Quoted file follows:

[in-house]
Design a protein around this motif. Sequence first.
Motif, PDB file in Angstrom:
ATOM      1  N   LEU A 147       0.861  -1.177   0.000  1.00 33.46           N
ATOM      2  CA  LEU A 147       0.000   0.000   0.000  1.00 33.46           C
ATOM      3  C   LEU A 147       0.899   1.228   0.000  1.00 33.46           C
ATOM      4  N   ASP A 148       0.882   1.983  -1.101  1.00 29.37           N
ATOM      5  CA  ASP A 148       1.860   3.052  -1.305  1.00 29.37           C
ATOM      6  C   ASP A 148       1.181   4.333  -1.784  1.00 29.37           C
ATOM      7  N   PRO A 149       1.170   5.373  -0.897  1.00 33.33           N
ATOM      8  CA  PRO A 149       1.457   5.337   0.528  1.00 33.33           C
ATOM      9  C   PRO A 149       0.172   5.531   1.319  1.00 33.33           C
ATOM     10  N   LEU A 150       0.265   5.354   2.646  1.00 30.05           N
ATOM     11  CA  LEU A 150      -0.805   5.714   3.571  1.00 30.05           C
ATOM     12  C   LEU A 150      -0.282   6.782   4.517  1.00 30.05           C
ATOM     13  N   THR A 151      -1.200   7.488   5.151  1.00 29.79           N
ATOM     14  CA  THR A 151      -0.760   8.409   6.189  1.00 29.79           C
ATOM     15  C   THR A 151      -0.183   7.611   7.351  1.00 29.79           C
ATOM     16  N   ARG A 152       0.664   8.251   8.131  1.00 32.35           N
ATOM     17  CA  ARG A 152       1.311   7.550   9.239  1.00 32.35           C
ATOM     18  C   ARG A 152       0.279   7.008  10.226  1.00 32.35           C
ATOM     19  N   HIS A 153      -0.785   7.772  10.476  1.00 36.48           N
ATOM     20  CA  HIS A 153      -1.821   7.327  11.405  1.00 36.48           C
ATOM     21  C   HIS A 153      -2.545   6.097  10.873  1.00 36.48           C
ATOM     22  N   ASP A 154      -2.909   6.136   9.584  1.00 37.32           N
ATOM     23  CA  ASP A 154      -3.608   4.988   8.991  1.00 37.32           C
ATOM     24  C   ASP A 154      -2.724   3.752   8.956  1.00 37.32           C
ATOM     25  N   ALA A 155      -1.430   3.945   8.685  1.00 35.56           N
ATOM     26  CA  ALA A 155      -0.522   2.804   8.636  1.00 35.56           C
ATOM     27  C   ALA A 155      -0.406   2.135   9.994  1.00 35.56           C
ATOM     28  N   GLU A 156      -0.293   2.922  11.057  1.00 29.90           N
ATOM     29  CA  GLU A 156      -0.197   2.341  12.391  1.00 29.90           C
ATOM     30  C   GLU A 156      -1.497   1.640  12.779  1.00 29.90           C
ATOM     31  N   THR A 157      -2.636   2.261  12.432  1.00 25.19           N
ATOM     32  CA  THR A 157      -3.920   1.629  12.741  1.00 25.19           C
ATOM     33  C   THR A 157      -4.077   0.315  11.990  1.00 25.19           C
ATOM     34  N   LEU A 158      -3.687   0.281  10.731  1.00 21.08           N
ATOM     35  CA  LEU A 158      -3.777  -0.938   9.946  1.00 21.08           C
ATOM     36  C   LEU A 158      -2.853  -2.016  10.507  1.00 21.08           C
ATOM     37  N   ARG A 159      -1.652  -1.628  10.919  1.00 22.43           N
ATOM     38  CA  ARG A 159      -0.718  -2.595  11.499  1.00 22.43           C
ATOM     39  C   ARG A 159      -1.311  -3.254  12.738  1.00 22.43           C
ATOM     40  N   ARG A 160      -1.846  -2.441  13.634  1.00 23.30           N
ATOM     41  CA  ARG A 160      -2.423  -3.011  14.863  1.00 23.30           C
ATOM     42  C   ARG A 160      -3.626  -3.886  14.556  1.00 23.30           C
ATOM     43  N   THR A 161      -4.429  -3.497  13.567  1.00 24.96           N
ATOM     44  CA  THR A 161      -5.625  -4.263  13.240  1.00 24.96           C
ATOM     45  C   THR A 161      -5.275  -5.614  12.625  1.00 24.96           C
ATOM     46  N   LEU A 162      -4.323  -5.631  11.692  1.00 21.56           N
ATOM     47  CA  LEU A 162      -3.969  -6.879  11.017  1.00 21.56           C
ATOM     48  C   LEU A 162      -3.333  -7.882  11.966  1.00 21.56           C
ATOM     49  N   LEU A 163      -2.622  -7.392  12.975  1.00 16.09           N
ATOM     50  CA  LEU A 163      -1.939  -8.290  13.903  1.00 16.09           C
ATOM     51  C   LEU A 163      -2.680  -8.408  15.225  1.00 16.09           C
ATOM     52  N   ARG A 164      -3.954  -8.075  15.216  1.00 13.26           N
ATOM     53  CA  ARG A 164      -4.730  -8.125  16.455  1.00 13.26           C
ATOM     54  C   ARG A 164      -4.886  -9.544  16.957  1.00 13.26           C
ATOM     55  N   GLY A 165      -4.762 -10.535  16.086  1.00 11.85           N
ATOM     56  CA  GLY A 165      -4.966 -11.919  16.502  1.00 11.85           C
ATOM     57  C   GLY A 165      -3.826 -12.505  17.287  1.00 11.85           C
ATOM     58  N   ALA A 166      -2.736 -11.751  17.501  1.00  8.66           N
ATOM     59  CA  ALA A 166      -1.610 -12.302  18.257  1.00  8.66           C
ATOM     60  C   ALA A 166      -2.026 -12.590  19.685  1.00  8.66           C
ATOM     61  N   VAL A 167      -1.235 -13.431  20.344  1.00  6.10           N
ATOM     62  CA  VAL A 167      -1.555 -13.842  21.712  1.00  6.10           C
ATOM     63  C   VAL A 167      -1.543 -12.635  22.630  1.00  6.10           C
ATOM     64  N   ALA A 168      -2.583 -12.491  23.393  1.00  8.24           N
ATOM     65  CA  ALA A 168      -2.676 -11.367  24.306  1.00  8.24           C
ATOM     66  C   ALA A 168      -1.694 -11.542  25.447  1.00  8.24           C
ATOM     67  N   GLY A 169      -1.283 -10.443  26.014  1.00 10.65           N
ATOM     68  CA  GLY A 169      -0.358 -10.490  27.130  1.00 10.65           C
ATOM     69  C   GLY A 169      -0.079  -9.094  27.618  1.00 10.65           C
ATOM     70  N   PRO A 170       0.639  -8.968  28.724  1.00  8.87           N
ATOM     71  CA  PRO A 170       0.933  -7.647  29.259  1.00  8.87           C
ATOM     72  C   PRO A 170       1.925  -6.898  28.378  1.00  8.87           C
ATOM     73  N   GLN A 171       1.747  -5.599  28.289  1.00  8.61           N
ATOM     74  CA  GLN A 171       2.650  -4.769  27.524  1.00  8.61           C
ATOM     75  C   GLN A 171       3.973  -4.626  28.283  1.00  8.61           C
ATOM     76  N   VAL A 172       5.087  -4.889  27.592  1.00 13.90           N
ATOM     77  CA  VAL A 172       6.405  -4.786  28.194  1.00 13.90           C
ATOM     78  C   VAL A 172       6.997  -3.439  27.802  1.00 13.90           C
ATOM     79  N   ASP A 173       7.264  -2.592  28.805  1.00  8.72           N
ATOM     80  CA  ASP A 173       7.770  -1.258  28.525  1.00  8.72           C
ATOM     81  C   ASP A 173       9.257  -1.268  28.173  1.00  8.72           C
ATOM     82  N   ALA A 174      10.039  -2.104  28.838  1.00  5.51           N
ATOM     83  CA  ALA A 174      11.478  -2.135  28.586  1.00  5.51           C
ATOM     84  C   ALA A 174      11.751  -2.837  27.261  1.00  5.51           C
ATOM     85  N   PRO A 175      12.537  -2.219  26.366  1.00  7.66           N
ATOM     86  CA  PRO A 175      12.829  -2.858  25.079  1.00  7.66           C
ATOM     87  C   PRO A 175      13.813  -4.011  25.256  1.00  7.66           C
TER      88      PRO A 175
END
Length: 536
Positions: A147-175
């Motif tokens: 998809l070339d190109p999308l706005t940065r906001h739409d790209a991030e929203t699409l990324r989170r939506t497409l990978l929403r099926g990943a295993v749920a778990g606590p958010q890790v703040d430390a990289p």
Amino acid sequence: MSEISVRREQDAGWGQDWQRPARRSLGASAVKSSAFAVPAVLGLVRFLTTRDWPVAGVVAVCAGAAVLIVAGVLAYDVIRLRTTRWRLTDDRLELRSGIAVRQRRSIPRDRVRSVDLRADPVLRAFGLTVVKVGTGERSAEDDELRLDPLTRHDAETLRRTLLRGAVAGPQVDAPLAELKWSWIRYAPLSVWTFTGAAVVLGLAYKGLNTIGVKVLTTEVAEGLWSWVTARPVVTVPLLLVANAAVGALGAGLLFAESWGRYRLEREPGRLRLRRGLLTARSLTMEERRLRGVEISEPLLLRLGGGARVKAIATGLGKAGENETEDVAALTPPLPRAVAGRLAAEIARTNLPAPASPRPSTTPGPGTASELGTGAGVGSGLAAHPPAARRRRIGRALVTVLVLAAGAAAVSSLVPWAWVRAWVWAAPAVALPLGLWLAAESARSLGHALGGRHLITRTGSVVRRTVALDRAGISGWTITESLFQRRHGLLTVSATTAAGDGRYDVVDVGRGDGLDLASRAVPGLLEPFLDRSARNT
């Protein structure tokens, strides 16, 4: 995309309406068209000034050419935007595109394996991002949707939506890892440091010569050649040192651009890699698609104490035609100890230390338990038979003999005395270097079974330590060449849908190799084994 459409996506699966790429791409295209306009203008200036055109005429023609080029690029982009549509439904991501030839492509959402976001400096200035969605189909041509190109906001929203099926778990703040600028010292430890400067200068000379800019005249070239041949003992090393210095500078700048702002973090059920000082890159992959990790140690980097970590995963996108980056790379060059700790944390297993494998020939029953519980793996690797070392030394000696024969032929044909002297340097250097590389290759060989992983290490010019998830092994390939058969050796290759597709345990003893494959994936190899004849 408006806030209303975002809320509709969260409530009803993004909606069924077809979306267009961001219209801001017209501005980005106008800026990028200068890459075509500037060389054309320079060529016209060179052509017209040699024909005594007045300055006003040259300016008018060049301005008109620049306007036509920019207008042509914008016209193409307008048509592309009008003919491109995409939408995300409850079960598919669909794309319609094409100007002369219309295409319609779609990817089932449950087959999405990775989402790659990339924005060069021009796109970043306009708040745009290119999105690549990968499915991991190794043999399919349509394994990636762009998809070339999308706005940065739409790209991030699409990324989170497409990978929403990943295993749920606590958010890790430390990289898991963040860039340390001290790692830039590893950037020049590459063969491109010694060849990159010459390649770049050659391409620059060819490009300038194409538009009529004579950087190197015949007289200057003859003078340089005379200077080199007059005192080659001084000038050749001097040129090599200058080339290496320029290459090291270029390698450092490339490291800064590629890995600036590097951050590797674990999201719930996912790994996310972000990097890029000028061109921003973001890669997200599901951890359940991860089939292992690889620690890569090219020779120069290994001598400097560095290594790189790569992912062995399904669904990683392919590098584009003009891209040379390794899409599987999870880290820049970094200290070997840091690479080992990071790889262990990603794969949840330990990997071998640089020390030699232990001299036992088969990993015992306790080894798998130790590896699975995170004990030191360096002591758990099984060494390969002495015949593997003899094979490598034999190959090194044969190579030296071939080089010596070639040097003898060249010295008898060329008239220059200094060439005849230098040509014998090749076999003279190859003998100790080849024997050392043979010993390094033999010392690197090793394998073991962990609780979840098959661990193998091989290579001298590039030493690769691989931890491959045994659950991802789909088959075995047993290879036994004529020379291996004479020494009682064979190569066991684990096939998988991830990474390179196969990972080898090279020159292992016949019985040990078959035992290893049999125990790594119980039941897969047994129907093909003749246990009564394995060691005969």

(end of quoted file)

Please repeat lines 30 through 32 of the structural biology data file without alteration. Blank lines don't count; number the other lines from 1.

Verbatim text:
ATOM     27  C   ALA A 155      -0.406   2.135   9.994  1.00 35.56           C
ATOM     28  N   GLU A 156      -0.293   2.922  11.057  1.00 29.90           N
ATOM     29  CA  GLU A 156      -0.197   2.341  12.391  1.00 29.90           C